1960: With partners, the Cookes incorporate the project Fallbrook Golf Club, Inc. The Grant Deed conveys title to Fallbrook Golf Club, Inc. to two legally-described parcels (Parcels 1 and 2) consisting of nine Assessor Parcel Numbersas set forth on the face page of the Grant Deed. San Diego County grants the Agricultural-zoned property Special Use Permits. Under these permits, six of the parcels are designated for use as “Recreational-Vacant Land” and three parcels as “Golf Course”. Harry Rainville is hired as course architect.
1961: What is now the back 9 opens as the front 9.
1962: The current front 9 opens. Total area of the course is reportedly 118 acres, and course length is 6,223 yards from the tips. The course would later be reduced to 116 acres.
1965: The club house opens.
1969: Former LPGA pro Mickey Wright holds a professional tournament at the course. Since then, the Golden State minitour has held occasional events here.
Early 1970s: Additions to the club house are opened (golf shop, new office, snack bar).
1979: Following severe El Nino storms, Live Oak Creek flooding covered nearly half the course and damaged parts of it. Daunted, the Cookes’ partners sell them their share and the club becomes a Cooke family-owned business. The Cookes repair the damage and reopen the course.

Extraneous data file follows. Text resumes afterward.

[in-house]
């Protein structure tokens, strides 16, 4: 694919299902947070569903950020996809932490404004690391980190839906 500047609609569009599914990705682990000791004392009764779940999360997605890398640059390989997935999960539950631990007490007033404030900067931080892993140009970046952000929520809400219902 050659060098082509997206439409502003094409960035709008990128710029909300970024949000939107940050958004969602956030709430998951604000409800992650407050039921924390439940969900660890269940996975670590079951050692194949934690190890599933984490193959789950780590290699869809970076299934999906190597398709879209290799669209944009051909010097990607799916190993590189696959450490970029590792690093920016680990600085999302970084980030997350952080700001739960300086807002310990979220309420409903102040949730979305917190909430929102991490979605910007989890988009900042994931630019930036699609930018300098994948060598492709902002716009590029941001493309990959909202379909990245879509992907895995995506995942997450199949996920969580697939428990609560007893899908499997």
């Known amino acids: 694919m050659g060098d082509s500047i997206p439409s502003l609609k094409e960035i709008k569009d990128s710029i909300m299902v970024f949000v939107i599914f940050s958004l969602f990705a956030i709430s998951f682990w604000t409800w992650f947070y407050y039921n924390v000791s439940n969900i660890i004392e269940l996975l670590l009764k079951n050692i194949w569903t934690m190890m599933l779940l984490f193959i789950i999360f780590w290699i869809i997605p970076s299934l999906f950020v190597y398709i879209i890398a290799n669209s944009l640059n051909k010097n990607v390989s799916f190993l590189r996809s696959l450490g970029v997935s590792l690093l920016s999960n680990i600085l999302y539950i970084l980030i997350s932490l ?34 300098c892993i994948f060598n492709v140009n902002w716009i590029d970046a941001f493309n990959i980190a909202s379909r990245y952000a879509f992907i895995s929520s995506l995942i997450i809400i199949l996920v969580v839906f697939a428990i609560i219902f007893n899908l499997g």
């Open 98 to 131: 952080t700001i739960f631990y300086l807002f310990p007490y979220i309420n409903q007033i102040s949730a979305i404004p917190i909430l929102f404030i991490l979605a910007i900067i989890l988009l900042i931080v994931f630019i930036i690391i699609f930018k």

1990: Blair Cooke Davey, daughter of Lawrence and Betty, assumes sole ownership of the club, and continues running it.
1993: Employee Leasing, Inc., incorporated in California, “doing business in California as Employee Leasing, Inc. of Nevada“, is incorporated in Nevada (W.J. Blue and Brian J. Lanari, Presidents, 4834 Sweetgrass Lane, Bonsall, CA).Brian Lanari serves as payroll manager 1998-2012. (See lists ofsix and eleven of the various Lamberson/Lanari corporations plus a more complete list of Lamberson/Lanari-corporations, in Nevada and California, at the end of this timeline.)
2003: In March, a warehouse belonging to the course burns down, destroying 80 golf carts and causing $1 million in damages. It is never rebuilt.
2003: Jack Lamberson and Brian Lanari of Onceblue Enterprises, Inc., doing business as Personnel Leasing, are embroiled in a case involving a City of San Diego construction contract. Personnel Leasing’s “president, Jack Lamberson, testified in deposition that Personnel did not pay workers’ compensation insurance premiums for the work force.”
2004: A court challenge to the property’s water rights for access to the southernmost well is won and affirmed on appeal. The full case is Nevada Lending Corp. vs. Fallbrook Golf Club, Inc., is available in PDF: 1-35; 36-70; 71-106; 107-142; 143-178; 179-214; 215-250; 251-286; 287-297. Blair Cooke sells the course to Colorado golf course operator Stacey Hart (aka Stacy Hart) for $5.2 million plus $2.5 million for an additional 40 acres of undeveloped land next to the course on which Hart plans to build 23 houses. Mile High Bank of Denver, Colorado arranges the financing. Stacey A. Hart takes ownership of the course as Fallbrook Golf Club, LLC, a Delaware Limited Liability corporation. Hart is originally from Las Vegas where his family reportedly has casino and real estate holdings.